Note: Top Shelf Text received a copy of this book from the publisher in exchange for an honest review. All opinions are my own!
Readers, let me just voice what everyone is thinking.
This could potentially go down as my favorite cover of 2017. And it's even better in person, because it's textured too. Shoutout to Kelsey, who is the digital marketing manager at Touchstone, and who was totally unfazed when I told her I couldn't stop touching the cover of this book. (Hi Kelsey, and thanks for letting me be weird at you over the internet!)
The History of Bees just came out earlier this week, so you can expect to see it popping up on shelves at your local library and bookstore soon. I can tell you the reason that it first caught my eye -- ever since I became a fan of Sherlock Holmes (at a very young age, I can assure you), I've been fascinated by beekeeping. My fascination mostly exists by proxy, because if Sherlock deems it worthy of study, then I'm interested. If you share my interest, then I highly recommend this novel. There are a few different elements of the book that I want to hit on in this review, but the first is the structure of the novel.
I read a lot of historical fiction, and most of my favorites are ones that have dual narratives, in which there's a past perspective and a present perspective that somehow tie together. The History of Bees takes that concept and pushes it further, with a third perspective representing the future.
Here's how it's laid out:
The first narrative takes place in England in 1835. It's told from the perspective of William, a merchant and biologist who leaves his bed after a rather drawn out depressive spell when inspiration strikes. He invents a new type of beehive, one that he's sure will bring him notoriety in the biology world.
The second narrative takes place in 2007, on a bee farm in Ohio. The perspective featured is George, a stubborn beekeeper who fights to maintain his family's beekeeping traditions as modern farming threatens both his livelihood and the lives of his bees. George has a son whom he hopes will take over the farm, but his hopes falter when his son returns home from college with a different career path in mind.
The third perspective is that of a woman named Tao, who lives in China in 2098. At that time, the bees have been absent from the earth, and human pollinators work to fill the gap left at the agricultural level. Food is scarce and life is regimented, but Tao is content to work hard to provide a better life for her beloved son. That is, until her son is the victim of a mysterious accident and is taken away by the government. Tao grows suspicious of their motives and, desperate for answers, ventures into the dangerous, unregulated lands outside the city.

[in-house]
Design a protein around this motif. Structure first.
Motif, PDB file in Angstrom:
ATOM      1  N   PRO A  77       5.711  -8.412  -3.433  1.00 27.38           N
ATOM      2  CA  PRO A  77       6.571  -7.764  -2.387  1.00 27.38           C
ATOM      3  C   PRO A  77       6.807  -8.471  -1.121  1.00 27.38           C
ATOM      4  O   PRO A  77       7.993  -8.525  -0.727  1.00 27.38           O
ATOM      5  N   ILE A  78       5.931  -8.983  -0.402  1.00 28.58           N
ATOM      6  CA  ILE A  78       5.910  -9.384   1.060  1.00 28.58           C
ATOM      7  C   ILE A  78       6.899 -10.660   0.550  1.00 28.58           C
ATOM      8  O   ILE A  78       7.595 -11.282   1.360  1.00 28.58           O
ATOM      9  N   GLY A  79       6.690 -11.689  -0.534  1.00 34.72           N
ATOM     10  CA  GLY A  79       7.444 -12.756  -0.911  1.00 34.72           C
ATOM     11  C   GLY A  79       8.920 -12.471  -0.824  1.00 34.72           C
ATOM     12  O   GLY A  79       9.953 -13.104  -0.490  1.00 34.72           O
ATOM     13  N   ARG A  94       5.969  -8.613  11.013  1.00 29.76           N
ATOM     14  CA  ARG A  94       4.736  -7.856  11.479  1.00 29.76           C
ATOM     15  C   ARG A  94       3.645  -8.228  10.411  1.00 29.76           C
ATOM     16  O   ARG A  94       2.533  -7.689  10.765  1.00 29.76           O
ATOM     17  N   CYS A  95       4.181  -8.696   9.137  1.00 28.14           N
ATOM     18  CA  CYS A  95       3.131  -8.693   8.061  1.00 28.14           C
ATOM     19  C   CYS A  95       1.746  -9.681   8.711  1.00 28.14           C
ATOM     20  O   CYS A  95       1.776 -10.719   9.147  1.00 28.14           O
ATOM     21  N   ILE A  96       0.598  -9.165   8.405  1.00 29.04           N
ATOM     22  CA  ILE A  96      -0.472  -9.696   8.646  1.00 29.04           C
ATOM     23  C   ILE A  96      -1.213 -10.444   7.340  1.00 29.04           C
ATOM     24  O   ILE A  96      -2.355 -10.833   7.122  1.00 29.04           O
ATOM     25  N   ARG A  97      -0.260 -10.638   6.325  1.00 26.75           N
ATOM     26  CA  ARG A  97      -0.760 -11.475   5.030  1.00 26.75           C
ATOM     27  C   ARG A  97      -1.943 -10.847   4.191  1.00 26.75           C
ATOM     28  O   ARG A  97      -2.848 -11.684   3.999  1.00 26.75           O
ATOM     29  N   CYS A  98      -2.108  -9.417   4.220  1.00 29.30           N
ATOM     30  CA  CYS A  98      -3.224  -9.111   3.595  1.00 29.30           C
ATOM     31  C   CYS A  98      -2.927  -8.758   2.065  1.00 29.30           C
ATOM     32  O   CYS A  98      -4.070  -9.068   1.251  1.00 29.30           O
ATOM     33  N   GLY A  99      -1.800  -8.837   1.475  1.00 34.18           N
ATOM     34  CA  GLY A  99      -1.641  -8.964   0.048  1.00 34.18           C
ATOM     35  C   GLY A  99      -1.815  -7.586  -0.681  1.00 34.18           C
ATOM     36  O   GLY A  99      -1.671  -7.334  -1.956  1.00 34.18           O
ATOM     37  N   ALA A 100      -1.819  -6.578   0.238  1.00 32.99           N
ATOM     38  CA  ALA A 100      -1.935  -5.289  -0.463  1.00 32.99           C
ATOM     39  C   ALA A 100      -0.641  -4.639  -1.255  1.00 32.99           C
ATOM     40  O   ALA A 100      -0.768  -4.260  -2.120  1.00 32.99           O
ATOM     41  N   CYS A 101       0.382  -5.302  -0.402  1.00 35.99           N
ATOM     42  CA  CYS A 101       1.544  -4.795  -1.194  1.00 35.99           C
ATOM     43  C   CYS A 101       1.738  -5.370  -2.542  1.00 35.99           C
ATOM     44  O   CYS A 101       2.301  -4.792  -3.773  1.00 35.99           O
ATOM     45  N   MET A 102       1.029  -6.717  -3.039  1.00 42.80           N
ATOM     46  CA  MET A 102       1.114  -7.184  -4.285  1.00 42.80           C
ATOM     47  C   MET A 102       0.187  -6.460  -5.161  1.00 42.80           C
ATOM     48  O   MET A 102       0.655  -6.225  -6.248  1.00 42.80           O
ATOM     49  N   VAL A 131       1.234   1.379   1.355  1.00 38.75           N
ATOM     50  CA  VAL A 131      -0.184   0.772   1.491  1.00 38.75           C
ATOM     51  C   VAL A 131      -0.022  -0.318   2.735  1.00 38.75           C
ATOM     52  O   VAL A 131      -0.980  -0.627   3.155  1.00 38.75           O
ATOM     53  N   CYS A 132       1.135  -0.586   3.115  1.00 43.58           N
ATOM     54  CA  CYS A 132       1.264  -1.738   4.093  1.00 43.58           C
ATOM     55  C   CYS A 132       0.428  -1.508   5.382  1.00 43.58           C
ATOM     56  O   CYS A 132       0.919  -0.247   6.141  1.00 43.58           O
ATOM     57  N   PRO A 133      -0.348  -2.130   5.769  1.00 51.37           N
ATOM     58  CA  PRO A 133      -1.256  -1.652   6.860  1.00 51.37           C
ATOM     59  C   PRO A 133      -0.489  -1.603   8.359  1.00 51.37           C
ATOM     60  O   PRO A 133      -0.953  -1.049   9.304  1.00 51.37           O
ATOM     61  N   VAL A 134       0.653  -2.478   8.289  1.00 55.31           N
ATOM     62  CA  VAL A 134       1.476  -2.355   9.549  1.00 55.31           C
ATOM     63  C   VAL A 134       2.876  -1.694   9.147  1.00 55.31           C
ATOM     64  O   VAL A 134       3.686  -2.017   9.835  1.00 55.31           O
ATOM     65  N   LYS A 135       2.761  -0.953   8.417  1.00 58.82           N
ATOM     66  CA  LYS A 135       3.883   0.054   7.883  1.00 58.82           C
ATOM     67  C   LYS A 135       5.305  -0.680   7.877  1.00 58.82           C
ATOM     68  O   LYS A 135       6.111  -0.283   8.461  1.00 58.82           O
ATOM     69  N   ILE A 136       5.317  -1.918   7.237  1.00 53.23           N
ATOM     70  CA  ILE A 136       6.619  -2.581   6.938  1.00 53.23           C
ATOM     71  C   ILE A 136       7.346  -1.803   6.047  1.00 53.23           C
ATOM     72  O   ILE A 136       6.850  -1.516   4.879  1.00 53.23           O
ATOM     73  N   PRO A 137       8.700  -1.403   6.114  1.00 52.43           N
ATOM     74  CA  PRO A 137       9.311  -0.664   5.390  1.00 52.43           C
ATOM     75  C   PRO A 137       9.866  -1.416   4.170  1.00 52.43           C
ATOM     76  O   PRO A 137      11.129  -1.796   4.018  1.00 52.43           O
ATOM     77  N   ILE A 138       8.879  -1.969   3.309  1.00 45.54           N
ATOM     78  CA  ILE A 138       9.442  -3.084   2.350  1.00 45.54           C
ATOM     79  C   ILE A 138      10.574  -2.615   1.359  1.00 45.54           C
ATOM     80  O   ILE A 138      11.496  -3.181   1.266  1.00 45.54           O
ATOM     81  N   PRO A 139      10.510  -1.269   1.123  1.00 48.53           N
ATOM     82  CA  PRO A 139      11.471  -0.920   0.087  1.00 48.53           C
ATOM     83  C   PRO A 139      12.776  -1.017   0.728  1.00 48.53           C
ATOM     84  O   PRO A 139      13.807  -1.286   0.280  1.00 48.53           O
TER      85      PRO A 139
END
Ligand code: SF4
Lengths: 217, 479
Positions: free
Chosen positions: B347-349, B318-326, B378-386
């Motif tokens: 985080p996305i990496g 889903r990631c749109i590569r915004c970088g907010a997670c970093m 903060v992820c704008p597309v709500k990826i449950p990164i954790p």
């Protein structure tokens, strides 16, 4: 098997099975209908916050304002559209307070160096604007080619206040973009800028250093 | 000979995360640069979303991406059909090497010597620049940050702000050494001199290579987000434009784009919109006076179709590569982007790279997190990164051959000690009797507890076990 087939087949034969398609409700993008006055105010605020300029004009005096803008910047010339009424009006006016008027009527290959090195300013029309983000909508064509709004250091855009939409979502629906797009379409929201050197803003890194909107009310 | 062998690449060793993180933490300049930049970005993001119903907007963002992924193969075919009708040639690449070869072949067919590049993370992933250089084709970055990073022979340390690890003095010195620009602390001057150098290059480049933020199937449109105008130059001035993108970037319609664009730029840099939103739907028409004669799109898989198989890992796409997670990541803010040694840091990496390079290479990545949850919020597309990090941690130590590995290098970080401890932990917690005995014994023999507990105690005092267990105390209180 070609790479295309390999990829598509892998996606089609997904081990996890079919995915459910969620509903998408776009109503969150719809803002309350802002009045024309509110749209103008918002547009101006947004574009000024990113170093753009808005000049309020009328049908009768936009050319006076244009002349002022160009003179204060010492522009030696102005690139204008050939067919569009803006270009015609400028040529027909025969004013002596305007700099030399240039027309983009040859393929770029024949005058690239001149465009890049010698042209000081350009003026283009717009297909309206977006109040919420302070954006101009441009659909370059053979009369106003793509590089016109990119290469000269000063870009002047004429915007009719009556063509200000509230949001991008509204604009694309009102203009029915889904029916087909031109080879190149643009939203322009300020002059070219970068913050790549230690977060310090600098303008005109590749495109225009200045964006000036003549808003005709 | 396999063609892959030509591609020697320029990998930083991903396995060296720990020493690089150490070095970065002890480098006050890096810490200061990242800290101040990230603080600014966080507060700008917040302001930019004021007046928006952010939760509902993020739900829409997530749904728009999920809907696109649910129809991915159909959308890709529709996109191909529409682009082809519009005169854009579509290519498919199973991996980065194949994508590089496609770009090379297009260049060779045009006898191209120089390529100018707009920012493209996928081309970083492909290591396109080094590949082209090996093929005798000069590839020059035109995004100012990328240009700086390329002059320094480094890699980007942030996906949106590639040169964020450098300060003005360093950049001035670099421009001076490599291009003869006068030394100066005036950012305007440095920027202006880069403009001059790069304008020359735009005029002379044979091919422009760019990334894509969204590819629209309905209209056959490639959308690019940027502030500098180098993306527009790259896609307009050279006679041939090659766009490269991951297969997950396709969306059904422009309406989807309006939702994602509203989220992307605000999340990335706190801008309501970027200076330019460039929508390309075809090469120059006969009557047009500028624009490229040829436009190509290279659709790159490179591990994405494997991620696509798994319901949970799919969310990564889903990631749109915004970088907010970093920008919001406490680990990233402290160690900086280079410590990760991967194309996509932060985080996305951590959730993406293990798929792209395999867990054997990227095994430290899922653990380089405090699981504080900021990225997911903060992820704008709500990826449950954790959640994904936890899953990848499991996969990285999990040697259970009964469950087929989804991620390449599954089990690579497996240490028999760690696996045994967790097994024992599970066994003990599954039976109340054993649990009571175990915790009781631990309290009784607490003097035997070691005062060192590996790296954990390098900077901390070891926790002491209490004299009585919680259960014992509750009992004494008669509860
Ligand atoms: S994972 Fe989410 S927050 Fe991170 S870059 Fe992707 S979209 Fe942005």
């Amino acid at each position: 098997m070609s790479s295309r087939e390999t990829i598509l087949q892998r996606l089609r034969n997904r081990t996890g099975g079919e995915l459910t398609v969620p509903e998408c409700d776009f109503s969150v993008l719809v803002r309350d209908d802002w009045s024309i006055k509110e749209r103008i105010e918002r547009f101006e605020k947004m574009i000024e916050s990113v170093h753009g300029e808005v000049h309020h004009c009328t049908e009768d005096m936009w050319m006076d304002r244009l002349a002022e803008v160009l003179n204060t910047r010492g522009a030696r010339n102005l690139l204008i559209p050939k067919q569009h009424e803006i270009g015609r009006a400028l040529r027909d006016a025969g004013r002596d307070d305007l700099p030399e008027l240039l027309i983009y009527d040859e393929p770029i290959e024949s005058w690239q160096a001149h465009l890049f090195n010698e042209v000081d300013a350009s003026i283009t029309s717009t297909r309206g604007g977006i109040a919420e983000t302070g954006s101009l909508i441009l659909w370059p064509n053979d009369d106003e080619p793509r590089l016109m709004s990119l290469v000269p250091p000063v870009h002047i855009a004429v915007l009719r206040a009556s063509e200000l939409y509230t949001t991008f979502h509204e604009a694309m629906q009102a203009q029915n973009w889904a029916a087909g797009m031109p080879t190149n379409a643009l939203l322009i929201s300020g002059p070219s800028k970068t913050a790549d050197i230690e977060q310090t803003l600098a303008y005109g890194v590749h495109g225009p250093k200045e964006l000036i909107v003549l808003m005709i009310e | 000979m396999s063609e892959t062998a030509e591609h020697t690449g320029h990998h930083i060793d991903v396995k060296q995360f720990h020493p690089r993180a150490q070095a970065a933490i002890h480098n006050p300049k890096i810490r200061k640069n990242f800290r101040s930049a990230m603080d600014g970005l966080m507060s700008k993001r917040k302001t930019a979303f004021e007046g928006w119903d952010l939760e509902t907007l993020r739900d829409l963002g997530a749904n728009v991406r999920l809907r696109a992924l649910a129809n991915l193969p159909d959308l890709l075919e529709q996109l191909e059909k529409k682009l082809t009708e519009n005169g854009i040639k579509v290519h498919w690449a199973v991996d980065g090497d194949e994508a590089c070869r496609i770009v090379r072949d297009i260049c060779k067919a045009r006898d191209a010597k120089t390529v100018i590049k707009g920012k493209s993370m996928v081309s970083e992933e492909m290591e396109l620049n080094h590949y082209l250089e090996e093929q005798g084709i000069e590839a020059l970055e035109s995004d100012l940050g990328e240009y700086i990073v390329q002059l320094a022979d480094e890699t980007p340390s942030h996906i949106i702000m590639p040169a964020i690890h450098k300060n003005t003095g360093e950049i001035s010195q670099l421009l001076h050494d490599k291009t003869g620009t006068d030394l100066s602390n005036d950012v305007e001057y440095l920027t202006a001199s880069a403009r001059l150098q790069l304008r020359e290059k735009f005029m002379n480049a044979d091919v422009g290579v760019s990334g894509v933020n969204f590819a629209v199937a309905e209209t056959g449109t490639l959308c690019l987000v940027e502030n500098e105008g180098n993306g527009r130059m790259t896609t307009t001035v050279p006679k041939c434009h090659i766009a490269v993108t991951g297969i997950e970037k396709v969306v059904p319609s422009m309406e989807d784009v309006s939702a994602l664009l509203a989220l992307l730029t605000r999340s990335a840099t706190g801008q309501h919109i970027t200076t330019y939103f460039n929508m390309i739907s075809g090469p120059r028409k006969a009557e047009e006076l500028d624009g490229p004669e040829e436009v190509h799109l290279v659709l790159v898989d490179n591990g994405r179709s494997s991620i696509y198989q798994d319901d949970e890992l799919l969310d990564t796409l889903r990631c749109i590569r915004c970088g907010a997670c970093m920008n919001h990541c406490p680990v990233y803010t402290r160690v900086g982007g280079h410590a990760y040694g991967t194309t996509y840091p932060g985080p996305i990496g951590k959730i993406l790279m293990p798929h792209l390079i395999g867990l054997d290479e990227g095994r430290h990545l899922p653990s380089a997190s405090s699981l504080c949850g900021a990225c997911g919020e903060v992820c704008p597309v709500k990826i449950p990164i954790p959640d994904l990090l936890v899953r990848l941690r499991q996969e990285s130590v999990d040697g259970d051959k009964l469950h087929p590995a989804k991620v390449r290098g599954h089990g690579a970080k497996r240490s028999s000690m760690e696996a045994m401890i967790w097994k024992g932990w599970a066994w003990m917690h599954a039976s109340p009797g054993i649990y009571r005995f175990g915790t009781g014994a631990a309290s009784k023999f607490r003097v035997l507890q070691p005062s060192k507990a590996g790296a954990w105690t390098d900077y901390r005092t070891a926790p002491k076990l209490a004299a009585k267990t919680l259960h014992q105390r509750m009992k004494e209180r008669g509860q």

As I read, I found myself most interested in the present perspective. George's struggle to maintain tradition while he battled environmental decline and industrial farming was really interesting to me, and I found the relationships in his narrative to be the most fruitful in connecting me to the characters. The characters in the other two narratives weren't as well drawn but had great potential, had they been given more space to develop. In general, I felt that I could have read three totally separate novels featuring each of these narratives and enjoyed them all for separate reasons. Had that been the case, however, I would have missed out on the unique way that the three narratives tied together in the end (but I won't spoil that for you here). The book left me with a whole host of feelings -- a little bit of despair, some glimmers of hope, and alarm that the environmental issues featured in this book are real and present to our time. Even though I didn't completely connect with all of the main characters, I would still recommend this title even just for the experience of learning more about beekeeping. I found every bit of information fascinating, and every additional fact about the decline of bees devastating.
Recommended for fans of all genres, as this unique novels wraps dystopian, contemporary, and historical fiction all into one complex, interwoven story.
Bottom-Line Rating: 4/5
Title: The History of Bees
Author: Maja Lunde
Publisher: Touchstone Books, 2017
Price: $15.89 on Amazon
Format: Paperback ARC
Source: Touchstone Books